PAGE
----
From the earliest days of war between the English and Scottish. Berwick was an important military town. Soldiers of the garrison were for many years billited in local taverns and private houses, which placed a heavy financial burden on the people of the town. Complaints to the Government led eventually, in 1717, to the building of the first purpose built infantry barracks in England. Designed by Nicholas Hawksmoor, Berwick Barracks were completed in 1721.
Today the Barracks hosts a number of attractions, including 'By Beat of Drum' - an exhibition on the life of the British infantryman. While there, visit the King's Own Scottish Borderers Museum, the Contemporary Art Gallery and the Berwick Borough Museum.
This one is ideal for anyone into military history. Allow yourself several hours as there is a lot to see here. Perfect for that rainy day.
In the care of English Heritage.
The Gunpowder Magazine was built in 1749, to store the powder for the nearby Barrracks. it was specially designed with safety features to prevent explosions, and blasts were directed upwards through the roof should the worst have happened, instead of destroying the town. Forunately it survives to this day.
Lord's Mount is a 16th century stone two storey artillery tower, founded by King Henry VIII. This enormous circular fortification, which probably supported an embrasured parapet, flanks the north-east angle of the medieval town wall. The surviving lower floor, has casemates for six long swivel guns and an accommodation range which includes, a garderobe, a kitchen and a well. The upper floor, with its platform for six more large guns and the captain's apartments, were dismantled in 1558 when the Elizabethan Ramparts were begun.
The Bell Tower is an Elizabethan stone octagonal four storey tower, founded in 1577. It flanks the line of the medieval town wall and is built on a circular base, of 1392. Over the centuries, it has been considerably repaired and altered, with the doors that gave access to the parapet walk, showing the original height of the wall. As the name suggests, it was used to warn the defenders of the Elizabethan Ramparts of a raid.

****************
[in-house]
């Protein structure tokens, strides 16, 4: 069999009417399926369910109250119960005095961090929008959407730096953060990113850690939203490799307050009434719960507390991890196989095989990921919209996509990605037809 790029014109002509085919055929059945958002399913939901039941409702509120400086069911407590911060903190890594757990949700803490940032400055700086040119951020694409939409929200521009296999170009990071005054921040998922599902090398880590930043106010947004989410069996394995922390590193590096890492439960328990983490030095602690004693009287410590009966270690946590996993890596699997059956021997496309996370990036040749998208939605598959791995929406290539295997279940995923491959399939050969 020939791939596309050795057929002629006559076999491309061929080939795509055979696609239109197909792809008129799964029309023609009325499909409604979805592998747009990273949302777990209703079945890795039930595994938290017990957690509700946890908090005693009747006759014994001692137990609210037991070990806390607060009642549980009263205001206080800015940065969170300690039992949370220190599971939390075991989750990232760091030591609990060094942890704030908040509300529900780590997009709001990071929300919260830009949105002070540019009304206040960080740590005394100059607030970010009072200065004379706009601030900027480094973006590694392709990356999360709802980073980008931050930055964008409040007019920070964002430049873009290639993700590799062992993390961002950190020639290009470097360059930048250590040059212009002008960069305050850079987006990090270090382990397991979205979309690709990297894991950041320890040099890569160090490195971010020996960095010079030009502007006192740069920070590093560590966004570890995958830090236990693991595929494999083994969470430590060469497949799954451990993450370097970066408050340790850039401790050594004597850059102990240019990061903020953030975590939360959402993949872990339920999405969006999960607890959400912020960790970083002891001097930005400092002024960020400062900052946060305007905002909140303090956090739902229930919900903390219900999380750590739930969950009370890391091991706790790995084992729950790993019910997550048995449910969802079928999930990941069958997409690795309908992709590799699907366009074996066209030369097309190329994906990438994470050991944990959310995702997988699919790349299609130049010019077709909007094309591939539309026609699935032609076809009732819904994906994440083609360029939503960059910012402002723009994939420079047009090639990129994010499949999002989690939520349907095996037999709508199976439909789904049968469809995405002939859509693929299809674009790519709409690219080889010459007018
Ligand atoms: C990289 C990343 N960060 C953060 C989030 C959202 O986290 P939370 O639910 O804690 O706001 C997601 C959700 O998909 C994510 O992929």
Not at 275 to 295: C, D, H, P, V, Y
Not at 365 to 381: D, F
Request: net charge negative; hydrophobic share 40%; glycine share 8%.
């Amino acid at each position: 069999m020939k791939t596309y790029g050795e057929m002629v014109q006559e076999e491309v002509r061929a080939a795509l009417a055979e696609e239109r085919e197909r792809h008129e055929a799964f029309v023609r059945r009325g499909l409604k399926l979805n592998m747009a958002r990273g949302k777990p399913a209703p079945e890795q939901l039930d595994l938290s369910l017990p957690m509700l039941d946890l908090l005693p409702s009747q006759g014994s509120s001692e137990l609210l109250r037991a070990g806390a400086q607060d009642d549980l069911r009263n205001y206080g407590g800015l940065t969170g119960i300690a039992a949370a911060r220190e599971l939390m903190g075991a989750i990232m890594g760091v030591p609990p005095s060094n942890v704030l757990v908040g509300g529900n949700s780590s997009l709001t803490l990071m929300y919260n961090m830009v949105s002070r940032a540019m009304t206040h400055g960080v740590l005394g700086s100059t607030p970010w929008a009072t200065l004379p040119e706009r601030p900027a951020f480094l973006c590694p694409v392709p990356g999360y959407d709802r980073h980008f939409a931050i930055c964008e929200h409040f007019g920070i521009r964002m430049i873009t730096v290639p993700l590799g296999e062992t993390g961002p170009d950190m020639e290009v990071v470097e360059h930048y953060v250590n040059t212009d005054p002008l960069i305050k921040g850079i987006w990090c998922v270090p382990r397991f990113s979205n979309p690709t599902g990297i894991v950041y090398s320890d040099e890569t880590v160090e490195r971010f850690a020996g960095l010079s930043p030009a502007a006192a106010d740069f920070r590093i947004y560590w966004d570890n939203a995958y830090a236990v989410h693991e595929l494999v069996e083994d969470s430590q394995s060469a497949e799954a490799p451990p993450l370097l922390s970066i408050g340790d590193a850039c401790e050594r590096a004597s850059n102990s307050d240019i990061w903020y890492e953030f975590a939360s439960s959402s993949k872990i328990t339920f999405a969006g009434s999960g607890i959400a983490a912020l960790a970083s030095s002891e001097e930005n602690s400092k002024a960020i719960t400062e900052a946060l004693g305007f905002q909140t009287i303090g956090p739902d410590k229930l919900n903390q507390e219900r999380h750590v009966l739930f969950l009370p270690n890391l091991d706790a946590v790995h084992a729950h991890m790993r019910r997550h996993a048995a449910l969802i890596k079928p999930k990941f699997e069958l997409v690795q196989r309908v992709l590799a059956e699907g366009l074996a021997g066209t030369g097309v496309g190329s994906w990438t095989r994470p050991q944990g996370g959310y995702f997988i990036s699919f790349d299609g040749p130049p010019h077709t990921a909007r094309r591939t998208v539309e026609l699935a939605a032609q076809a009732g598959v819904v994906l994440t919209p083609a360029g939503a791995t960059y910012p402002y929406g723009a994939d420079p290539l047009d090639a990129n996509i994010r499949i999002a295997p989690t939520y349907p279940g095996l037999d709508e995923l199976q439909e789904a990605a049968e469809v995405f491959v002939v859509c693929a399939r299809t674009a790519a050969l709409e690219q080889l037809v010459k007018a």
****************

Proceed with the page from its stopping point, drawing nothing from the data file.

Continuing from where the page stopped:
The Cumberland Bastion is one of five bastions, or fortifications, along the ramparts that surround the town. It is named after the Duke of Cumberland, who defeated the Scottish Jacobite army of Bonny Prince Charlie in 1846.
Responding to fears over the 1715 Jacobite Rising, along with complaints from the Berwick citizenry over quatering soldiers led to the construction of the Barracks between 1717-25. The were first of their kind in England, providing a permanant home for over 600 men. The last remaining residents, the King's Own Scottish Borderers, vacated in 1964.
Inside is a fascinating look at British army life, chronicling the various wars as well as delving into the ordinary and everyday activities of a solider.
First mentioned in 1160, Berwick Castle today is a mere shadow of its former self. Once containing nine towers, much of the original stone was used in the construction of Berwick's buildings and bridges.
Most of the castle is inaccesable. The parts that are (The White Wall and the appropriately named Breakneck Stairs) require much caution.
Lots of interesting architecture.
Lots of narrow alleyways.
Cobbles, and grey-red sandstone.
Some good charity (thrift) shops too. :-)
Marygate is Berwick-upon-Tweed's main shopping street.
Here you can find branches of national chains, as well as independant retailers.
The Town Hall is a fine building in the centre of Berwick-upon-Tweed, built in 1761 - and no expense spared either.
Sally Port, is one of a series of ports, or gates, cut into the defensive walls to give access to the town.
Houses have some of their rooms set onto the alleyways behind.
Brass Bastion is another of the fortifications along the Elizebethan ramparts. best seen by a walk along the top. Watch out for the steep drops of the grass bank if you have children or animals.